Although FMT from healthy donors is highly effective for the treatment of recurrent C difficile infections, regardless of the healthy donor used, this may not be the case for other indications. In particular, a recent study investigating FMT in UC (Moayeddi, 2015) found that a single donor achieved a 39% efficacy (7/18) while four other donors achieved an aggregate efficacy of 10% (2/20). This suggests that there could be significant heterogeneity in donor efficacy. Given this potential for heterogeneity, we are eager to define best practices in donor selection. Specific clinically desirable components could be metabolites, microbial profiles, or a desirable level of community diversity. There are many open questions regarding best practices in trial design and donor selection.
- Does it make sense to combine material from multiple donors into a single FMT treatment?
- How should we select donors for indications for which microbial associations are poorly understood?
- What type of experimental and/or computational data should we include in this donor selection process?
- People: Mark Smith, Zain Kassam, Thomas Gurry, Scott Oleson
- Papers: Heterogeneity of FMT in UC
4. How can OpenBiome safely and sustainably increase the quantity of stool collected to meet the growing clinical need?
OpenBiome’s operations hinge upon receiving regular stool donations from healthy donors. As demand for fecal preparations grows, so too must the amount of stool collected. However, finding eligible donors can be challenging due to OpenBiome’s stringent screening criteria. Of those who expressed interest via the online stool donor registry, the vast majority (97%) were excluded from participation. Once recruited, donating on a regular base can also be challenging, as donors must drop off samples at OpenBiome within 45 minutes of passage.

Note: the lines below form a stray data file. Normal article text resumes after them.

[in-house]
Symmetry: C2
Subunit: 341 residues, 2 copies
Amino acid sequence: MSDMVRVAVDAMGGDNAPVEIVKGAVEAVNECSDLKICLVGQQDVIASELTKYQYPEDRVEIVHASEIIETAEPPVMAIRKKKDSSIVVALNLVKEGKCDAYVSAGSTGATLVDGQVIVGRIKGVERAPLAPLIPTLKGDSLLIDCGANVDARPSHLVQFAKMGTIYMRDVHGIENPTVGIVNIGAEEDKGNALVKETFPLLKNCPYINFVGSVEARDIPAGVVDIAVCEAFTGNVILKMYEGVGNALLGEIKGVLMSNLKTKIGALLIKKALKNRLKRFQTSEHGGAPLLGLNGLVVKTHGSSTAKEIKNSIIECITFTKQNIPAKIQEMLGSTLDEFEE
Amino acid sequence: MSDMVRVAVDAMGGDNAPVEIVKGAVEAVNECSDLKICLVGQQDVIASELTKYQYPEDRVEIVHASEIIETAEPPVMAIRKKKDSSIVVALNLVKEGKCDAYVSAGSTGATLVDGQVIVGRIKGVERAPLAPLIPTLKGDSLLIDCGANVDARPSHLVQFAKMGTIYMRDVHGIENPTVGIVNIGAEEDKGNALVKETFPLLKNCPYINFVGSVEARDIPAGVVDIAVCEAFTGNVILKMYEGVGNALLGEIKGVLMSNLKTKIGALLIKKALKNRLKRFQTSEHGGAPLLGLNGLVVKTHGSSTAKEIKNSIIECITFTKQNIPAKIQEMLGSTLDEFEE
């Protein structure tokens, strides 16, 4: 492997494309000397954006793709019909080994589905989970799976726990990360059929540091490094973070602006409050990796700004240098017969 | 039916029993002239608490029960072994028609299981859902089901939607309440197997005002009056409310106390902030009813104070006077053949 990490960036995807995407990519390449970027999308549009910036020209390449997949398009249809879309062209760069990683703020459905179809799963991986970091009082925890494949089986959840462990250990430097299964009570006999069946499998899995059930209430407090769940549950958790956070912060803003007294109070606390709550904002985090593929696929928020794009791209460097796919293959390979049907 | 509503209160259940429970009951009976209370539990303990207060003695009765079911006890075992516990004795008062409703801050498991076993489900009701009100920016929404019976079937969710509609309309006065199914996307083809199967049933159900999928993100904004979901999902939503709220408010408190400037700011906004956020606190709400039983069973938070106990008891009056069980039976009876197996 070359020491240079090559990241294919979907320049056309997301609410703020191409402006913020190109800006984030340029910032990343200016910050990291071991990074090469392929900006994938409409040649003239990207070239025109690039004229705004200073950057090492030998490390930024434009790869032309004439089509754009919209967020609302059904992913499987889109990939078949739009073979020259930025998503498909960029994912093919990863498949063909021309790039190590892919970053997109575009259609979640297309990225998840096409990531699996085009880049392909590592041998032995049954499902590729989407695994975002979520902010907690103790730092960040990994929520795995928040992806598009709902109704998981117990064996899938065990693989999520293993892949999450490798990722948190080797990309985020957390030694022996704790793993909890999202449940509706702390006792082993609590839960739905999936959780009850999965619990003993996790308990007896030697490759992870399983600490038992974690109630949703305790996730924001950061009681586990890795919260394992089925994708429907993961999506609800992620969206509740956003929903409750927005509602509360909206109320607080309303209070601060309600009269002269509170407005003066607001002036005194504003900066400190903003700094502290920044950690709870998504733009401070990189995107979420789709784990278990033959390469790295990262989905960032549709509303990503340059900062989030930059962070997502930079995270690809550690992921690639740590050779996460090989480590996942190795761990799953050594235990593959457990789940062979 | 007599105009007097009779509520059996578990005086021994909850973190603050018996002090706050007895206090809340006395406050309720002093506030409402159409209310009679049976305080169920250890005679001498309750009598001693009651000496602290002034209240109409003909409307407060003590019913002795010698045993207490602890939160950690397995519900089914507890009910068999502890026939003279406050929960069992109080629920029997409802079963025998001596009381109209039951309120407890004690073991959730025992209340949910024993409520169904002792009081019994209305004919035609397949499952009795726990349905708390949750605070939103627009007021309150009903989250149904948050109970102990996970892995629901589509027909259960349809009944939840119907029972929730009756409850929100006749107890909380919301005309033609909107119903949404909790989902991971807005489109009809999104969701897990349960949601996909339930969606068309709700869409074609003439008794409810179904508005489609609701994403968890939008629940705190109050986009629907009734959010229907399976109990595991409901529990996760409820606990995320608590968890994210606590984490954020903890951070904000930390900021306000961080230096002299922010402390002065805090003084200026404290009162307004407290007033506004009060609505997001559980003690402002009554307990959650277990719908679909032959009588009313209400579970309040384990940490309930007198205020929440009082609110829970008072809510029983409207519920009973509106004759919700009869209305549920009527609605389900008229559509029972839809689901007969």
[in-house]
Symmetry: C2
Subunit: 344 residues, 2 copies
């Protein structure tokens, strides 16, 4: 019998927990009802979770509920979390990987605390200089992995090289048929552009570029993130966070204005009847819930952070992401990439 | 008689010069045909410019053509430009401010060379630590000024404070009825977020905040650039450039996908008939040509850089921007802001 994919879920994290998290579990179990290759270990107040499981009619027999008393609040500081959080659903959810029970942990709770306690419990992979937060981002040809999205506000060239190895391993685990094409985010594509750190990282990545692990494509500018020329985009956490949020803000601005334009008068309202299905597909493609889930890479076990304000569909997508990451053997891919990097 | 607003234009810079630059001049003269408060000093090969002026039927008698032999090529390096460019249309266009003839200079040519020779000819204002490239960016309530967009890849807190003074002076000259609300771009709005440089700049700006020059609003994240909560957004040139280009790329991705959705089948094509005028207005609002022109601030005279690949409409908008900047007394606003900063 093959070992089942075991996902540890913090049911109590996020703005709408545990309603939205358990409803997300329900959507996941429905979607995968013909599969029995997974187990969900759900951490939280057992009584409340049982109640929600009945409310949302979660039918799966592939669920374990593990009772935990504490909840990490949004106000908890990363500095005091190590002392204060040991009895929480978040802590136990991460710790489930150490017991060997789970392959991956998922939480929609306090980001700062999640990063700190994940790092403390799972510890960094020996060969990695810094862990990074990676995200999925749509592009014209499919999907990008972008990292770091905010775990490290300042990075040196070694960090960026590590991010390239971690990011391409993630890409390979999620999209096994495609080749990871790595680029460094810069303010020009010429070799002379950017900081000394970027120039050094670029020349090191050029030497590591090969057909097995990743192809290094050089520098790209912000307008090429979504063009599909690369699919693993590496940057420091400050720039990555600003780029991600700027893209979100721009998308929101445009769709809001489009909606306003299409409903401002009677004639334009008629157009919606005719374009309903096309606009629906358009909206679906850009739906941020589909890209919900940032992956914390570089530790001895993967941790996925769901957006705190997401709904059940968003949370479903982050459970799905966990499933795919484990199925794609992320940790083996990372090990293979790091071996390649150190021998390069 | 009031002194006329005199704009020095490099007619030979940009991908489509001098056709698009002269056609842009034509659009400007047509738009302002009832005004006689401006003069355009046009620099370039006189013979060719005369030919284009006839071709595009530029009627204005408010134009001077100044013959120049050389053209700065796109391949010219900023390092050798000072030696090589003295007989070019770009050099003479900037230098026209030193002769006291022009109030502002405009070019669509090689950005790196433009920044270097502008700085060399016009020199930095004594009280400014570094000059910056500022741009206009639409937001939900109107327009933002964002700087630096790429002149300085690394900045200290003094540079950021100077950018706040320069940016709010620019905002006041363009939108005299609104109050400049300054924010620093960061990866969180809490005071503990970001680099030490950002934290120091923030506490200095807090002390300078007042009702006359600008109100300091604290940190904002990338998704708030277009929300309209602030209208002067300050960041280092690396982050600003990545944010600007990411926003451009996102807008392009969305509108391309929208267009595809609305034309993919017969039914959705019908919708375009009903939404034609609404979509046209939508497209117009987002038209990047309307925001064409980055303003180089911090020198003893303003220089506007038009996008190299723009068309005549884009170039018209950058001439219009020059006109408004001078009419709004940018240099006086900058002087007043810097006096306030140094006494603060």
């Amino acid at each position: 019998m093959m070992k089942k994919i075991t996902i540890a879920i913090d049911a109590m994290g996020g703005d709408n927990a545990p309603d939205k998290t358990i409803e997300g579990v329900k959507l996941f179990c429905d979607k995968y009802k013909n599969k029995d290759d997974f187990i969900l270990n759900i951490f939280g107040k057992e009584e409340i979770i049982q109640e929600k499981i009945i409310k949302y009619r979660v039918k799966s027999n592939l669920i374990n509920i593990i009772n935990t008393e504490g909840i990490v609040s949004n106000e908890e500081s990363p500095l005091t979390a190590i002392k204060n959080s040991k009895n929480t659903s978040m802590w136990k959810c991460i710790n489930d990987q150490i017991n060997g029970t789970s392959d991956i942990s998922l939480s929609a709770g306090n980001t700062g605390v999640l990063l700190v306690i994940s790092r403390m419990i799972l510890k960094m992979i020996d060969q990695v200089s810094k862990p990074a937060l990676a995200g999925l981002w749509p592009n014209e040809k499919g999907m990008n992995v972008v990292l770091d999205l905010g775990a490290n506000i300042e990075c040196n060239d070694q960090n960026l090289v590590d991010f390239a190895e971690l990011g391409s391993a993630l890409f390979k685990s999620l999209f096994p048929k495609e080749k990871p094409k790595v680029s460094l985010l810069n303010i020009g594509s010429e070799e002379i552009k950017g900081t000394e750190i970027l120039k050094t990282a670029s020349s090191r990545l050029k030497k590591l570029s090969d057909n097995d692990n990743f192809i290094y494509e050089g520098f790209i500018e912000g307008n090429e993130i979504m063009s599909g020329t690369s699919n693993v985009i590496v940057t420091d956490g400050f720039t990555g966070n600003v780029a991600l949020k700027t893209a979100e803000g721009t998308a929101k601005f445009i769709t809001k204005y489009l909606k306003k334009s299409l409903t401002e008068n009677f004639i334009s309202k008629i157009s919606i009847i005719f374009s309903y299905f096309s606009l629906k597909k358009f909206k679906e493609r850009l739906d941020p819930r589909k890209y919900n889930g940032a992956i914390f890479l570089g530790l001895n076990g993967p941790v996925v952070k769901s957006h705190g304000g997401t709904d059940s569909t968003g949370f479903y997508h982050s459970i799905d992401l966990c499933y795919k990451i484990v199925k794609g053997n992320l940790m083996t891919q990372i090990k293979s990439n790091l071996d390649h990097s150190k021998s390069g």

- How can OpenBiome increase the number of donors without compromising safety?
- How can OpenBiome encourage current donors to increase the number of donations?
5. How should fecal microbiota for transplantation be regulated?
The regulation of fecal microbiota for transplantation poses a unique challenge, as stool is a complex and variable substance which does not fall neatly into traditional regulatory categories. In the United States, the FDA has chosen to define FMT as an “investigational new drug.” This designation typically requires that physicians file an investigational new drug application if they intend to use fecal microbiota for treatment or research. However, the FDA has issued “enforcement discretion,” allowing physicians to use FMT without an IND for “C. difficile infection not responding to standard therapy,” while continuing to require that physicians file an IND for use in all other indications.
The current regulatory paradigm in the US poses several challenges. First, it creates uncertainty for practitioners, stool banks and industry, as the future of enforcement discretion remains uncertain. Second, it does not elegantly handle uses for FMT beyond recurrent C. difficile infections. Third, the drug paradigm regulates the stool preparation process, but not the highly variable stool contents.
Internationally, stool is typically regulated as a drug or not regulated at all. Alternative frameworks that have been advanced include regulating stool as a biologic product or a tissue, or creating a hybrid model unique to stool.
- What regulatory paradigm should be adopted for FMT in the United States to maximize both safety and access?
- How should the safety of stool contents be assessed?
- How should the regulatory paradigm vary for different indications, if at all?
- How should fecal microbiota be regulated at the international level?
- People: Carolyn Edelstein, Rachel Sachs